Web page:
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Ancient Argos
Definitionby Mark Cartwright

Ancient Argos

Ancient Argos, located in the Peloponnese in Greece, was a major Mycenaean settlement in the Late Bronze Age (1700-1100 BCE) and remained important throughout the Greek, Hellenistic, and Roman periods until its destruction by the Visigoths...
Telesilla of Argos
Definitionby Joshua J. Mark

Telesilla of Argos

Telesilla of Argos was a lyric poet of the 5th century BCE, listed by Antipater of Thesalonike (c. 15 BCE) as one of the great Nine Female Lyric Poets of Greece (along with Praxilla, Moiro, Anyte, Sappho, Erinna, Corinna, Nossis, and Myrtis...
The Delian League, Part 5: The Peace of Nicias, Quadruple Alliance, and Sicilian Expedition (421/0-413/2 BCE)
Articleby Christopher Planeaux

The Delian League, Part 5: The Peace of Nicias, Quadruple Alliance, and Sicilian Expedition (421/0-413/2 BCE)

This text is part of an article series on the Delian League. The fifth phase of the Delian League begins with the Peace of Nicias – a settlement that settled nothing – and ends with the start of the Decelean War (also referred to as the...
Ten Noble and Notorious Women of Ancient Greece
Articleby Joshua J. Mark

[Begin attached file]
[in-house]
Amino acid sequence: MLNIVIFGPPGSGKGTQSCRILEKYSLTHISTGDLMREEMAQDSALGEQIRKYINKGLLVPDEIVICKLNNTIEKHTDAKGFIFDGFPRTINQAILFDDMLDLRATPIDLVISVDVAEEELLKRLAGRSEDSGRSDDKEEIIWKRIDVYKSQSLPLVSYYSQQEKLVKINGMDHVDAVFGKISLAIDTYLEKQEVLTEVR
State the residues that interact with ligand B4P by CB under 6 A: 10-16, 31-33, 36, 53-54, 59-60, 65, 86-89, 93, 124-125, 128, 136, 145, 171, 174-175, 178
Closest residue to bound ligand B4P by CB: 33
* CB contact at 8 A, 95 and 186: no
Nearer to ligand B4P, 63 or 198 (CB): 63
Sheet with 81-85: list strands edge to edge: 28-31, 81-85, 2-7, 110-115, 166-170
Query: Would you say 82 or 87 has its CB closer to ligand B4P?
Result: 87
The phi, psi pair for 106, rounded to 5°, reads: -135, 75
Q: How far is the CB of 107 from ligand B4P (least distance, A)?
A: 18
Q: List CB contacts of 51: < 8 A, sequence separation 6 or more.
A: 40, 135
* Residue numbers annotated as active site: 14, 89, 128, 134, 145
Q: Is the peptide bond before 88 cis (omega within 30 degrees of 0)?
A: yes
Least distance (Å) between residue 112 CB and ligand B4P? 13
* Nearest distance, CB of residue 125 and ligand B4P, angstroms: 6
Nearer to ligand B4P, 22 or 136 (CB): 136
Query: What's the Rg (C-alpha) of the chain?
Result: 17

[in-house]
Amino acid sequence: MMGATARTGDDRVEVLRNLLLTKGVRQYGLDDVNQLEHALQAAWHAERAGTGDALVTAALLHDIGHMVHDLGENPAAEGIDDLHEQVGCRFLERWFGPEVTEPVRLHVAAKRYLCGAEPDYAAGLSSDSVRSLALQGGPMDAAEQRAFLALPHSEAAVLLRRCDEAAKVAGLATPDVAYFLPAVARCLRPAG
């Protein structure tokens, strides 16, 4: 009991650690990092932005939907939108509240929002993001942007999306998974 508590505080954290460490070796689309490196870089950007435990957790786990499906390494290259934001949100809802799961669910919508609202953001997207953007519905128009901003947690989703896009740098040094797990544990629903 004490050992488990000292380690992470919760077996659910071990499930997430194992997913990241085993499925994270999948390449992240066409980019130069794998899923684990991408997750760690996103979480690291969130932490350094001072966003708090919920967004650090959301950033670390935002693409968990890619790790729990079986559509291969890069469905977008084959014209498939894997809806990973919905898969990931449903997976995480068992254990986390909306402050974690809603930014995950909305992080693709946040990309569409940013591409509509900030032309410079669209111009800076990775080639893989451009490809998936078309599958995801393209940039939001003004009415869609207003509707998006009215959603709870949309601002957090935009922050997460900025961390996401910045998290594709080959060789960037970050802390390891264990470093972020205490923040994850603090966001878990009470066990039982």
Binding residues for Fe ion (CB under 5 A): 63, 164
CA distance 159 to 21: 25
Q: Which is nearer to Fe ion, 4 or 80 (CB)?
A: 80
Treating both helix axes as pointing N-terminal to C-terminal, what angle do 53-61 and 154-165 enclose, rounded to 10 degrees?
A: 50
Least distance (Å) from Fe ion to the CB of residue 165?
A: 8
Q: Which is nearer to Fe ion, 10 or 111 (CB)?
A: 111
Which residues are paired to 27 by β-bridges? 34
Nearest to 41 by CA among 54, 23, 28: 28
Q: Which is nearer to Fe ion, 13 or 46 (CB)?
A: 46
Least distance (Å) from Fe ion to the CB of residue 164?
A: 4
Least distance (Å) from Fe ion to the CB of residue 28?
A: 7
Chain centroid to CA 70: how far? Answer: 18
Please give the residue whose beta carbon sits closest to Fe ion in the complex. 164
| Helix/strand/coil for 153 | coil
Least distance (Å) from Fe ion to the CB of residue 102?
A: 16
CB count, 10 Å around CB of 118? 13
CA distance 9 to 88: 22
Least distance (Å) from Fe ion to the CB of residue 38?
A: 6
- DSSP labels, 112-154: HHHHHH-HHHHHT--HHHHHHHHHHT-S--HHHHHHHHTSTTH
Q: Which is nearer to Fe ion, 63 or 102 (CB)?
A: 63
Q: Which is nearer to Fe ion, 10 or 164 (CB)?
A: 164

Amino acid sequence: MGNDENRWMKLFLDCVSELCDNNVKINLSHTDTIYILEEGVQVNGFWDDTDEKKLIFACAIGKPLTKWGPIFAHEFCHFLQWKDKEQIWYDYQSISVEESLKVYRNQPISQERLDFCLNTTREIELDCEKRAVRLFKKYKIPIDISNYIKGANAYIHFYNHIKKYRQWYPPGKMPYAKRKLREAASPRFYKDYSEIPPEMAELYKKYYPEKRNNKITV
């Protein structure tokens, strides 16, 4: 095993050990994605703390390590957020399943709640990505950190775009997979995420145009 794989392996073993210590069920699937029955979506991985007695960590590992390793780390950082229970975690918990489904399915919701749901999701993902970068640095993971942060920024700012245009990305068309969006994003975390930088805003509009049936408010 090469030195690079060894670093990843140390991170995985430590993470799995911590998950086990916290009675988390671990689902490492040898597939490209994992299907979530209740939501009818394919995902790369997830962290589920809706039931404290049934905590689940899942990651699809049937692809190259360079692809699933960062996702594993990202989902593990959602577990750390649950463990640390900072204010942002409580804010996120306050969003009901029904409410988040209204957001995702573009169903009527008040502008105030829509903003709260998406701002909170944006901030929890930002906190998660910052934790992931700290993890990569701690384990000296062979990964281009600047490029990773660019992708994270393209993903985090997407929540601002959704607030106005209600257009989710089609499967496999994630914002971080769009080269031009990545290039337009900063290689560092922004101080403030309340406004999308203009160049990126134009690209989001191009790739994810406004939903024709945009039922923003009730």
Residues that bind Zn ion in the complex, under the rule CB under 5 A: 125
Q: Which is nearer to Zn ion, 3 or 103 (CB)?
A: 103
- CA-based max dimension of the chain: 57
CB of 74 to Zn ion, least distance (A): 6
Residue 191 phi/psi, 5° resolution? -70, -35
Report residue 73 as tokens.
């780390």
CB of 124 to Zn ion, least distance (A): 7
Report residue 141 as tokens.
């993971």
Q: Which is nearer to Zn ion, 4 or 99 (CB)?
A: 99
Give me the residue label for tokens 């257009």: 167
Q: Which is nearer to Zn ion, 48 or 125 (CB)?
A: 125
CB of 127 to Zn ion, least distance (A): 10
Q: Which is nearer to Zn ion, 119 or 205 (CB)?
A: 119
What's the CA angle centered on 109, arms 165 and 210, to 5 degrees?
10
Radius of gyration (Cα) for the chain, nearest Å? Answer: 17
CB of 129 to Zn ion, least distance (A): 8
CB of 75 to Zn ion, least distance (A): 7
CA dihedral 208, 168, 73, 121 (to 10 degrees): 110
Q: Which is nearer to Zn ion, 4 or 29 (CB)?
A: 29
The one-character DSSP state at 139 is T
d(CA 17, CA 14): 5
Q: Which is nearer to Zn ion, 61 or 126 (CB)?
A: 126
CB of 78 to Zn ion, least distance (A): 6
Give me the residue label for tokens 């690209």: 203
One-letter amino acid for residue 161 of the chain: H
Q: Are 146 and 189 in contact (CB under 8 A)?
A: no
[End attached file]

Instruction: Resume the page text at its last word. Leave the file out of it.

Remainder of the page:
Ten Noble and Notorious Women of Ancient Greece

Women in ancient Greece, outside of Sparta, had almost no rights and no political or legal power. Even so, some women broke through the social and cultural restrictions to make their mark on history. All of the women did so at great personal...
Telesilla of Argos, the Greek Lyric Poet who Defended Argos
Videoby Kelly Macquire

Telesilla of Argos, the Greek Lyric Poet who Defended Argos

Telesilla was a Greek lyric poet who lived in Argos in the fifth century BCE. Along with the famous poet Sappho, Telesilla was named as one of the Nine Female Lyric Poets of Greece, and is known for both her lyric poetry (even though only...
Mycenaean Civilization
Definitionby Mark Cartwright

Mycenaean Civilization

The Mycenaean civilization flourished in the Late Bronze Age (c. 1700-1100 BCE), peaking from the 15th to the 13th century BCE. The Mycenaeans extended their influence throughout the Peloponnese in Greece and across the Aegean from Crete...
Sparta
Definitionby Mark Cartwright

Sparta

Sparta was one of the most important city-states in ancient Greece and was famous for its military prowess. The professional and well-trained Spartan hoplites with their distinctive red cloaks and long hair were probably the best and most...
Cleobis and Biton
Definitionby James Lloyd

Cleobis and Biton

Two over-life-size Archaic kouroi (6.5 ft / 2 m) are housed at the Delphi Museum, and date to c. 580 BCE. Their names (Cleobis and Biton) are actually written on their bases, and the sculptor is given as Polymides of Argos: such inscriptions...
Peloponnese
Definitionby Mark Cartwright

Peloponnese

The Peloponnese is a large peninsula linked to the northern territory of Greece by the Isthmus of Corinth. To the west of the Peloponnese is the Ionian sea while to the east is the Aegean Sea. The terrain is typified by high limestone mountains...
Theatre of Argos
Imageby Mark Cartwright

Theatre of Argos

Built from the 4th to 3rd century BCE. Originally there were 81 rows of seats giving a total capacity of 20,000 spectators, making it the largest Greek theatre.
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